b. Must have a basis in law (but depending on the situation at hand, doesn’t necessarily require previous application or precedent).
c. Necessary to the case
If you think about it, that covers just about everything.
So, for this to be applicable to the Apple v. FBI case where the FBI is looking to get past the password screen on the employer owned, iPhone 5c used by Syed Farook, all the government has had to do is
- Try to get past this screen (and they have)
- Have hit a technical roadblock (and they have)
- Have tried to other legal tools to compel Apple to unlock the phone (and they have)
What’s at issue here is twofold:
It sets a nasty legal precedent
The FBI has backtracked on its previous statements and said that “forcing Apple Inc. to give the FBI data from an iPhone used by one of the San Bernardino shooters would be ‘potentially precedential’ in other cases where the agency might request similar cooperation from technology companies.,” according to an article by Julia Harte and Julia Edwards on MSN.
The FBI stated during testimony given before Congress, and in response to a question from Representative John Conyers, FBI director Jim Comey stated, “of course the bureau would seek to apply the same tactic in other cases.”
Which, by the way, is a direct contradiction to statements that were made by Comey in earlier, taped, interviews where he said that all the FBI wanted was information off of this, one, individual iPhone 5c, in this case
Its unduly burdensome
In essence, as I understand it, the FBI is demanding that Apple create and maintain a new product, specifically for law enforcement, that will permit them to crack into any iPhone, any time they deem it necessary.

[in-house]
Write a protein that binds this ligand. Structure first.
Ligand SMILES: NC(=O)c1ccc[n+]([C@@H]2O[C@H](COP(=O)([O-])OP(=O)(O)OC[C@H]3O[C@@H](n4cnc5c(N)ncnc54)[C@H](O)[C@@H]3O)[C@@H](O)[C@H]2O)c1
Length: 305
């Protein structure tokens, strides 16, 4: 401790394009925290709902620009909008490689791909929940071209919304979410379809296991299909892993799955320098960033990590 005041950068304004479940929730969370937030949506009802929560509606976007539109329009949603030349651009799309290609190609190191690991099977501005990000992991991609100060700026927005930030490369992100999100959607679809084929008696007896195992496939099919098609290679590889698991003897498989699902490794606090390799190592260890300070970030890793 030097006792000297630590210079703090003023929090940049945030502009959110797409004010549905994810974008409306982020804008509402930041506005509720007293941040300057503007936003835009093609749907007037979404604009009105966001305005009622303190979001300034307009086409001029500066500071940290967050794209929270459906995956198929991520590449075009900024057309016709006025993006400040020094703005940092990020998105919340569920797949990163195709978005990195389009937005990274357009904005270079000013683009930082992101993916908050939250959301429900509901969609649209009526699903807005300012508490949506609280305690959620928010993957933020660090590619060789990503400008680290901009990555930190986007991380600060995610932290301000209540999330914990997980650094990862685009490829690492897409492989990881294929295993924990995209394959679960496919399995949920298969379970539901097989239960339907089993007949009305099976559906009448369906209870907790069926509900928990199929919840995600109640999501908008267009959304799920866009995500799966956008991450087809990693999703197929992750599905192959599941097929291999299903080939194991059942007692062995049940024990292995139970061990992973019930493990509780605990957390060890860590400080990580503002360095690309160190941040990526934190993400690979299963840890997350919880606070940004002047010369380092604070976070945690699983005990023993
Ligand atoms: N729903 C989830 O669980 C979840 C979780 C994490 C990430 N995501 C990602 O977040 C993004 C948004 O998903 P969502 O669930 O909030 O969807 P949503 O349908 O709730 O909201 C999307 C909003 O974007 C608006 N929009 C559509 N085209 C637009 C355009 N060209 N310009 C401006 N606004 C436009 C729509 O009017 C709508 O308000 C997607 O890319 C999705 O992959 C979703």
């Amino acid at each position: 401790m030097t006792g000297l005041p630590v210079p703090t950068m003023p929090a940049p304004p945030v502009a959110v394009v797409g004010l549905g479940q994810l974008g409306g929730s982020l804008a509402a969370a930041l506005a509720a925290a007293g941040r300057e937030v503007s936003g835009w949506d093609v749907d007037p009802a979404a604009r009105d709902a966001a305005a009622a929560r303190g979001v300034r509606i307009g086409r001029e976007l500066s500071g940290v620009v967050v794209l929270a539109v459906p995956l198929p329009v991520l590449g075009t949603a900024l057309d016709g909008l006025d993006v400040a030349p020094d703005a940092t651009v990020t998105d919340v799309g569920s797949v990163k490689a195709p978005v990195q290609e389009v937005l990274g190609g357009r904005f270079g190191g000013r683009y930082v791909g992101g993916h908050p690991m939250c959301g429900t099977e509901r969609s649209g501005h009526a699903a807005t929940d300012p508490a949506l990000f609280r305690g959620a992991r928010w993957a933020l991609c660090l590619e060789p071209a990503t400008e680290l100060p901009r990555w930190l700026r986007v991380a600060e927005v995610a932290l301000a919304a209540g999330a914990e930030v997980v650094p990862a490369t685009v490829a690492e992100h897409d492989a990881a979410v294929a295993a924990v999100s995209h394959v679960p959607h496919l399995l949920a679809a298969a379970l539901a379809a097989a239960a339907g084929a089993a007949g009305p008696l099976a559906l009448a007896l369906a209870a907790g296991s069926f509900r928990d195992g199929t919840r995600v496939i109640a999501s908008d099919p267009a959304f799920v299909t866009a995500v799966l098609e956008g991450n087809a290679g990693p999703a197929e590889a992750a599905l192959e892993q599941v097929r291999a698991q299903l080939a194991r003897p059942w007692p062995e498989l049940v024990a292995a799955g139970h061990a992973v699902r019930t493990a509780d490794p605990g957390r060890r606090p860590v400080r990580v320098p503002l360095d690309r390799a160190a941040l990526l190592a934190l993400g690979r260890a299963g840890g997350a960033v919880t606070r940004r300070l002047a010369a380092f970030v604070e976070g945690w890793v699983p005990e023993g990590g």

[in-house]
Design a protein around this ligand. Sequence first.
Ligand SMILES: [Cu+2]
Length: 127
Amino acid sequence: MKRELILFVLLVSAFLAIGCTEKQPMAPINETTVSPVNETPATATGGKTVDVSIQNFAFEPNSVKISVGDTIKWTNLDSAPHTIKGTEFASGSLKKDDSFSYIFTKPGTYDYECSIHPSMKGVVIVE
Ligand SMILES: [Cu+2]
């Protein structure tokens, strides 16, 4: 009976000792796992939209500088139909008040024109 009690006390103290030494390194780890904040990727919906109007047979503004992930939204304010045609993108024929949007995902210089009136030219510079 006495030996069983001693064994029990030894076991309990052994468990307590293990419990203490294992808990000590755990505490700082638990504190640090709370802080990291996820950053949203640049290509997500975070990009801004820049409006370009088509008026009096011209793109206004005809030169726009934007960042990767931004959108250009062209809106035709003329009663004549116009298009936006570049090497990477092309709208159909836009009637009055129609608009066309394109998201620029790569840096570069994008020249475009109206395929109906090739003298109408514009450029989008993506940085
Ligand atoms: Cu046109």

It’s not an add-on. It’s an entire new piece of firmware. It’s going to require all of the same development and testing and project resources that every other piece of Apple iPhone firmware requires, along with a secured, dedicated, classified, testing and development lab (in order to keep everything secret and safe.
While the All Writs Act doesn’t provide for safeguards against this, other legislation does. Unfortunately, the liability of proof of this burden lies with Apple, and not with the government. If Apple doesn’t want to do what the FBI is demanding, they’ll be required to demonstrate this to a judge (or to Congress) in federal court or in a formal hearing, respectively.
In an interesting twist, a New York Magistrate, Judge Hames Orenstein found that the government “lacks the legal authority necessary to force Apple or any company to break its own digital security protocols.”
In his ruling, Judge Orenstein indicated he agreed that forcing Apple to “[invent, code and distribute] a purposely vulnerable operating system in hopes of cracking existing device security was unreasonably burdensome.” The ruling in full can be seen here.
Armed with this, Apple has filed a formal objection to their case and has cited the decision noted above it its filing.
There’s more developing in this case, so stay tuned for additional updates as they develop.